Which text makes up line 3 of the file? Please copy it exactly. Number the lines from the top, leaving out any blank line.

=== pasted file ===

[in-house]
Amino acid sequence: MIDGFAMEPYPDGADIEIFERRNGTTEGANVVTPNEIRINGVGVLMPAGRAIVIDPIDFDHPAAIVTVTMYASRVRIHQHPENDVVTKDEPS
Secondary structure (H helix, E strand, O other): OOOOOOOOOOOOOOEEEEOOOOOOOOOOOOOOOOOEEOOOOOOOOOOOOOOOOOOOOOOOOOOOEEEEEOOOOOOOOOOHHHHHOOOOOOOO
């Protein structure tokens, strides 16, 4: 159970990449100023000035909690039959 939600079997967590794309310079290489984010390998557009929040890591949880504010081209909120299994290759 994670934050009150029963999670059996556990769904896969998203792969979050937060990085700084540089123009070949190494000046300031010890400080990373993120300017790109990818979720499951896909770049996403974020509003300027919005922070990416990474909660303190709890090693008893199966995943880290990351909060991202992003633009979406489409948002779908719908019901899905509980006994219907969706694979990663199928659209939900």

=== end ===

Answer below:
Secondary structure (H helix, E strand, O other): OOOOOOOOOOOOOOEEEEOOOOOOOOOOOOOOOOOEEOOOOOOOOOOOOOOOOOOOOOOOOOOOEEEEEOOOOOOOOOOHHHHHOOOOOOOO